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Cornell University President Elizabeth Garrett has died from colon cancer, the university said, less than a month after announcing her diagnosis and just eight months after she assumed her post. She was 52.
Garrett, the first female president of the Ivy League school, died Sunday night at her home in New York City, Cornell said.
"There are few words to express the enormity of this loss," Robert Harrison, chairman of the Cornell board of trustees, said on Monday. "Beth was simply a remarkable human being — a vibrant and passionate leader who devoted her life to the pursuit of knowledge and public service."
Garrett started as president on July 1, 2015, and was inaugurated last September. She revealed on Feb. 8 that she had recently been diagnosed with cancer, and had surgery on Feb. 19 before starting aggressive treatment at Weill Cornell Medicine in New York City.
The university said she is the first president to die in office there.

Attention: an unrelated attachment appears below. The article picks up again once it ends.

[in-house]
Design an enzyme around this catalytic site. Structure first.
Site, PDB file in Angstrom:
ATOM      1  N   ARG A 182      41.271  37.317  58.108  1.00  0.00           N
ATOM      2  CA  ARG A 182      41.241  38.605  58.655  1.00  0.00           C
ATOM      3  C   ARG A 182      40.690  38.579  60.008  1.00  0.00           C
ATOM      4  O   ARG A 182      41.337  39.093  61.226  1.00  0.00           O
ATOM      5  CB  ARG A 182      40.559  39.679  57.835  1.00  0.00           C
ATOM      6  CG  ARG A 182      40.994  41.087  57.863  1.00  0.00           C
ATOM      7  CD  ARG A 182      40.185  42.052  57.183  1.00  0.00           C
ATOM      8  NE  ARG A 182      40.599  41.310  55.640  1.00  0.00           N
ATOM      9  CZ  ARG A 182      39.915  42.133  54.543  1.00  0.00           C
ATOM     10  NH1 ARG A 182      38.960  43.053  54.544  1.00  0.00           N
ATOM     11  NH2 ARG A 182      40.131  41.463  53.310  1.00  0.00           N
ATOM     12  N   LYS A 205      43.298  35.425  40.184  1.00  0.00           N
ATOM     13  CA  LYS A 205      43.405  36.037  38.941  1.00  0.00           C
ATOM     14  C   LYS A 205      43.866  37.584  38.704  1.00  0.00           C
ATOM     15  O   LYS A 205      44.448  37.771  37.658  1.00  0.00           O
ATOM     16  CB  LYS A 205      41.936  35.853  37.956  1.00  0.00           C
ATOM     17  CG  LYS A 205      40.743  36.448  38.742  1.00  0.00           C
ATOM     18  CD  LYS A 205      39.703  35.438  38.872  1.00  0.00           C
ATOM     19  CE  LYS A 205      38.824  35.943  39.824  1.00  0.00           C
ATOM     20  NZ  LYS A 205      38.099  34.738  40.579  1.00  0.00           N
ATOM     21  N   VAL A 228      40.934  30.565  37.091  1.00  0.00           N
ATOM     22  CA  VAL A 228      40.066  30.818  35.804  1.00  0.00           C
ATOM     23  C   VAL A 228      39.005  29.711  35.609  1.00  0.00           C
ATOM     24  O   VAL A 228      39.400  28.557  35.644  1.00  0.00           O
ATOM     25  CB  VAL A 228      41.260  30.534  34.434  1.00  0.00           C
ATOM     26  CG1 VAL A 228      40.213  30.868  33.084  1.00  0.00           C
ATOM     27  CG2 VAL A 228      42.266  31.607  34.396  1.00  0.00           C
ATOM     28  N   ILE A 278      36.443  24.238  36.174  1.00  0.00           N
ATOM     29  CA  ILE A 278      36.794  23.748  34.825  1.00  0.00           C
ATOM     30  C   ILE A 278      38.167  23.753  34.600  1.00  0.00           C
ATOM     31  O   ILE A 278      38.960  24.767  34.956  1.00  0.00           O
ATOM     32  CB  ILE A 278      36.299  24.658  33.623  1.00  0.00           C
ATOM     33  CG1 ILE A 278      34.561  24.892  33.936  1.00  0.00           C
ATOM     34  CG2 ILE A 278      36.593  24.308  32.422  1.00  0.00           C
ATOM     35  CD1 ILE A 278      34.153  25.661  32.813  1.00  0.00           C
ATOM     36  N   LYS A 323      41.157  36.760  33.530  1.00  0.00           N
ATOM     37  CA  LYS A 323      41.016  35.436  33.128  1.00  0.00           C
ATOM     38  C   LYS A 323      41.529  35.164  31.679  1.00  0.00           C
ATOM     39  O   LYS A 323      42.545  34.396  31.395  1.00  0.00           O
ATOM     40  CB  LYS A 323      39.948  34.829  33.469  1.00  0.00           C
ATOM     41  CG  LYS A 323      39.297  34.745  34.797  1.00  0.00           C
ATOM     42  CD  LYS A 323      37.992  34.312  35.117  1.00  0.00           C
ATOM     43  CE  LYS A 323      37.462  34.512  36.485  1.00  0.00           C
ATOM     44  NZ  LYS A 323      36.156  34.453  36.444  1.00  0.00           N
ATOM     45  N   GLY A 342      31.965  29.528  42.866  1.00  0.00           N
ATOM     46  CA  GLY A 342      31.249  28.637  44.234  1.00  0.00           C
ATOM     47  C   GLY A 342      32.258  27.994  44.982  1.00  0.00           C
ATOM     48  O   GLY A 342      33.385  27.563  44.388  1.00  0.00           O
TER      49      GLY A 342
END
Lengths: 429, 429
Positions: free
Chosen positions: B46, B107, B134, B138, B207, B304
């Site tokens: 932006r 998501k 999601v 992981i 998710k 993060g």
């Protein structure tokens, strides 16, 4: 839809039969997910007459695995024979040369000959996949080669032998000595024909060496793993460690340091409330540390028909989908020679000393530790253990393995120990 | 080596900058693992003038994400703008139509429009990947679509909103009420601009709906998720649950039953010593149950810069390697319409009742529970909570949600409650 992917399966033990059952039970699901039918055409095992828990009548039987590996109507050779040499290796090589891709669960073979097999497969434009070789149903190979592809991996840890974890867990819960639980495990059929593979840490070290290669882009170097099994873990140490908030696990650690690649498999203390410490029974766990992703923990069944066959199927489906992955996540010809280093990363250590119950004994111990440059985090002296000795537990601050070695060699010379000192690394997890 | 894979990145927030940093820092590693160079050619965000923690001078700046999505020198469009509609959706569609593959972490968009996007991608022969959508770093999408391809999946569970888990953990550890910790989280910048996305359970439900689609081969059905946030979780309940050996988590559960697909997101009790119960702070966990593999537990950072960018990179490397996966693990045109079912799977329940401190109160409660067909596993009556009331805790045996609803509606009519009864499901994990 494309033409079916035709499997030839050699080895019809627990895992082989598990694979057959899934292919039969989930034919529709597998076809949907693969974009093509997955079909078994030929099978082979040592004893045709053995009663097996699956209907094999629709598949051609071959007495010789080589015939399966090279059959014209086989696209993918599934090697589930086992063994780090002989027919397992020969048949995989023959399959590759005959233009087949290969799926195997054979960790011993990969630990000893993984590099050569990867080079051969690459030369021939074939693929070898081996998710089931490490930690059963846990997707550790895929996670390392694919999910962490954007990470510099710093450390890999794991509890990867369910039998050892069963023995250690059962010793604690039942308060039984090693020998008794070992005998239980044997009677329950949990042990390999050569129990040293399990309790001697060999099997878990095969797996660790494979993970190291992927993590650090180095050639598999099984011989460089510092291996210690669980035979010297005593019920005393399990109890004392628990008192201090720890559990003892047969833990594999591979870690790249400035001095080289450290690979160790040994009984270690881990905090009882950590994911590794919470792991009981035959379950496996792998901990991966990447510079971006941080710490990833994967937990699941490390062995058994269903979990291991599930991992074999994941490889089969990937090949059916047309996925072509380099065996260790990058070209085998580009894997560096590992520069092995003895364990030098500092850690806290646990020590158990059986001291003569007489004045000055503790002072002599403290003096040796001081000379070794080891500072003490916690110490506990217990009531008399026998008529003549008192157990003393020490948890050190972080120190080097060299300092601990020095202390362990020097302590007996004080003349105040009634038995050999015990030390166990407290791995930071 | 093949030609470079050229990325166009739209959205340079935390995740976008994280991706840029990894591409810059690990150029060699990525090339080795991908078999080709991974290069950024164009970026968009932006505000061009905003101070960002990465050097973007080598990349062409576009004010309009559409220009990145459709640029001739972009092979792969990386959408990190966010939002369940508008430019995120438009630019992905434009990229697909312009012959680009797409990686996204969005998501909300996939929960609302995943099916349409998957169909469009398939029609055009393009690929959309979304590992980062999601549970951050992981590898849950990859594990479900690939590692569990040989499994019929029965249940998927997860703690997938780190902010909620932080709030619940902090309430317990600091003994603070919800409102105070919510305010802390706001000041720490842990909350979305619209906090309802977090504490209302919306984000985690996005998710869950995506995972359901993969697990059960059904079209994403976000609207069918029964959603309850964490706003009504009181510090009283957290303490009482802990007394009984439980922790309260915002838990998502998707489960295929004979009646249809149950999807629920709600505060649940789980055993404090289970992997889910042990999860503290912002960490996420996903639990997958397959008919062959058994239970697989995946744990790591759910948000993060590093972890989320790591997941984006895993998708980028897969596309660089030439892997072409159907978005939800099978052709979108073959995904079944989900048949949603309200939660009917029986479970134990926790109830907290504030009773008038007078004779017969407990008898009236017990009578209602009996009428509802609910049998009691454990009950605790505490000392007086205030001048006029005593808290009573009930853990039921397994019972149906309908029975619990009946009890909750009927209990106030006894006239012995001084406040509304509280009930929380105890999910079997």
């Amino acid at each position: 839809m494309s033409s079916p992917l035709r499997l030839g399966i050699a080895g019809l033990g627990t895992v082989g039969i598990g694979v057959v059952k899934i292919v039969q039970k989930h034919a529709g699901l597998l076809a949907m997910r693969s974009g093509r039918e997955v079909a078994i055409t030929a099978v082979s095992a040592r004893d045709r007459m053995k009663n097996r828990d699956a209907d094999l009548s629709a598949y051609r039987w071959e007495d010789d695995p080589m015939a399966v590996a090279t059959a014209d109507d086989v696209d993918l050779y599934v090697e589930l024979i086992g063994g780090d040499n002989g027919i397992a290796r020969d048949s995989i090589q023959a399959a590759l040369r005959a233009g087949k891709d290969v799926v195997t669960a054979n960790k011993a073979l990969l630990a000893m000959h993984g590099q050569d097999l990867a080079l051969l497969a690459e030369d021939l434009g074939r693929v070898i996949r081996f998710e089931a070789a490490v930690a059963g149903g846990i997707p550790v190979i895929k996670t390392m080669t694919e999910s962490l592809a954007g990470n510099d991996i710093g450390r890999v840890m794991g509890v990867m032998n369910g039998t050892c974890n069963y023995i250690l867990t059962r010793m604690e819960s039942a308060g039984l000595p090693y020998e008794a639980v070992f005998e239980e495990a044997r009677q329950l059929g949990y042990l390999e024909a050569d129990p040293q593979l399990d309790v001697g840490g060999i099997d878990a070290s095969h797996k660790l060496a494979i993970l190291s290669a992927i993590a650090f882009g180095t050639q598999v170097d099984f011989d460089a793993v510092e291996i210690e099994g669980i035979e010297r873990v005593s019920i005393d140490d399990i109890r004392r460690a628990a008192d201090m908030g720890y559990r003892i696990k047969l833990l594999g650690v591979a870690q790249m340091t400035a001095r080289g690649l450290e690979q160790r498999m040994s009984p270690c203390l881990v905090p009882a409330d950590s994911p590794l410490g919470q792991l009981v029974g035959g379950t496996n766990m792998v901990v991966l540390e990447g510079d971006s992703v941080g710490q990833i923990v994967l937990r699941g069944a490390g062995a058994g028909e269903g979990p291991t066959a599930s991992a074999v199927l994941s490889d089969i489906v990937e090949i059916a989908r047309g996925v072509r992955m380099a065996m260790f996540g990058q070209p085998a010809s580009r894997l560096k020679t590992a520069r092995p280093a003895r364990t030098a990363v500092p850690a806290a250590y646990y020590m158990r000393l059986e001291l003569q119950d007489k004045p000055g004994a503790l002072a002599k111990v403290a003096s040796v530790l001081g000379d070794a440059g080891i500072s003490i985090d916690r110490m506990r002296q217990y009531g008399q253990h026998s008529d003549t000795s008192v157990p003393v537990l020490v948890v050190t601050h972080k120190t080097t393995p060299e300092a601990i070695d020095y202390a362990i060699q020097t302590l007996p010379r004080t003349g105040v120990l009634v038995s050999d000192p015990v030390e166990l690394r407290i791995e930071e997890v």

Garrett made a strong impression on academics and politicians alike. Prior to becoming Cornell's president, she was a provost and senior vice president for academic affairs at the University of Southern California — the first woman to hold that title, too.
In 2005, President George W. Bush appointed her to serve on the bipartisan Advisory Panel on Federal Tax Reform. From 2009 to 2013, she was commissioner of the California Fair Political Practices Commission.
New York Gov. Andrew Cuomo called her a "visionary leader" in a statement Monday.
"Elizabeth's passing is a great loss not only for her university, but for our state," he said.
Garrett focused on attracting top faculty to Cornell during her short tenure, saying last October that the university was on track to hire up to 100 new faculty members this school year.
An Oklahoma City native who got her bachelor's degree from the University of Oklahoma and a law degree from the Virginia School of Law, Garrett was once a clerk for Supreme Court Justice Thurgood Marshall. She told Times Higher Education magazine in 2014 she hoped to be a role model for young people.
"Being the first woman president of Cornell, just as I was the first woman provost at U.S.C., puts me in the position of being a role model — not just for young women, but also for men," she said. "It is important for women and men to see strong and capable women in positions of leadership, so we understand that certain characteristics such as gender and race do not determine how well people do in those offices."
Garrett was married to Andrei Marmor, a Cornell professor of law. The university held a moment of silence for her Monday afternoon.